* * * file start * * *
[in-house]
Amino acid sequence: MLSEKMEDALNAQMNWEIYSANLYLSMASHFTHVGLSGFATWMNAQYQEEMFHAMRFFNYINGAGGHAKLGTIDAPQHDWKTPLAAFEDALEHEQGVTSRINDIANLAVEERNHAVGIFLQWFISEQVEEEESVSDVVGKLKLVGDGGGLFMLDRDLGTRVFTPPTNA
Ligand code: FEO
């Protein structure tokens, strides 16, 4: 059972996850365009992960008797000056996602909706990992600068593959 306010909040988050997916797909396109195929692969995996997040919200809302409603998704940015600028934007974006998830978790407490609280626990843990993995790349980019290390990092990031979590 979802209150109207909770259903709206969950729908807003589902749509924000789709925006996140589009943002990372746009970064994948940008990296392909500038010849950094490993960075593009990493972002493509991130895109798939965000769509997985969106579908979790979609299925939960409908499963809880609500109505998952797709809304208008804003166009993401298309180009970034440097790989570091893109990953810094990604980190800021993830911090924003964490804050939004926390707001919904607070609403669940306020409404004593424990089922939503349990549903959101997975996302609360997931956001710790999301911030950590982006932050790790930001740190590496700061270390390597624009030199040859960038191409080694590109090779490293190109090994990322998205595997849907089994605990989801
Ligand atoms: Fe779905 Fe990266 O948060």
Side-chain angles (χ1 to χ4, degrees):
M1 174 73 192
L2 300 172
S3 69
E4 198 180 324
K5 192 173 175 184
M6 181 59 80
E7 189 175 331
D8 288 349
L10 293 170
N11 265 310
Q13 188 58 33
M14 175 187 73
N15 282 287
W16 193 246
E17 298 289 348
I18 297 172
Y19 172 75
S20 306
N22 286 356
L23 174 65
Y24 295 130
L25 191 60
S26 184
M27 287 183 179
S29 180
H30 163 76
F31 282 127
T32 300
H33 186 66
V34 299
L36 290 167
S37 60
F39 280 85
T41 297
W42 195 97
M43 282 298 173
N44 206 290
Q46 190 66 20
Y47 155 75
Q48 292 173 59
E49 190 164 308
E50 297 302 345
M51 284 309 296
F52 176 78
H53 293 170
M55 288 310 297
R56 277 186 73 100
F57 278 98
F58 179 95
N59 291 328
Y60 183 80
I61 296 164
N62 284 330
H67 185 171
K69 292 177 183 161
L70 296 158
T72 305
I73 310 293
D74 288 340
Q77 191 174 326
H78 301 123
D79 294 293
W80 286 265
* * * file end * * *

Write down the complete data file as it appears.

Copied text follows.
[in-house]
Amino acid sequence: MLSEKMEDALNAQMNWEIYSANLYLSMASHFTHVGLSGFATWMNAQYQEEMFHAMRFFNYINGAGGHAKLGTIDAPQHDWKTPLAAFEDALEHEQGVTSRINDIANLAVEERNHAVGIFLQWFISEQVEEEESVSDVVGKLKLVGDGGGLFMLDRDLGTRVFTPPTNA
Ligand code: FEO
């Protein structure tokens, strides 16, 4: 059972996850365009992960008797000056996602909706990992600068593959 306010909040988050997916797909396109195929692969995996997040919200809302409603998704940015600028934007974006998830978790407490609280626990843990993995790349980019290390990092990031979590 979802209150109207909770259903709206969950729908807003589902749509924000789709925006996140589009943002990372746009970064994948940008990296392909500038010849950094490993960075593009990493972002493509991130895109798939965000769509997985969106579908979790979609299925939960409908499963809880609500109505998952797709809304208008804003166009993401298309180009970034440097790989570091893109990953810094990604980190800021993830911090924003964490804050939004926390707001919904607070609403669940306020409404004593424990089922939503349990549903959101997975996302609360997931956001710790999301911030950590982006932050790790930001740190590496700061270390390597624009030199040859960038191409080694590109090779490293190109090994990322998205595997849907089994605990989801
Ligand atoms: Fe779905 Fe990266 O948060």
Side-chain angles (χ1 to χ4, degrees):
M1 174 73 192
L2 300 172
S3 69
E4 198 180 324
K5 192 173 175 184
M6 181 59 80
E7 189 175 331
D8 288 349
L10 293 170
N11 265 310
Q13 188 58 33
M14 175 187 73
N15 282 287
W16 193 246
E17 298 289 348
I18 297 172
Y19 172 75
S20 306
N22 286 356
L23 174 65
Y24 295 130
L25 191 60
S26 184
M27 287 183 179
S29 180
H30 163 76
F31 282 127
T32 300
H33 186 66
V34 299
L36 290 167
S37 60
F39 280 85
T41 297
W42 195 97
M43 282 298 173
N44 206 290
Q46 190 66 20
Y47 155 75
Q48 292 173 59
E49 190 164 308
E50 297 302 345
M51 284 309 296
F52 176 78
H53 293 170
M55 288 310 297
R56 277 186 73 100
F57 278 98
F58 179 95
N59 291 328
Y60 183 80
I61 296 164
N62 284 330
H67 185 171
K69 292 177 183 161
L70 296 158
T72 305
I73 310 293
D74 288 340
Q77 191 174 326
H78 301 123
D79 294 293
W80 286 265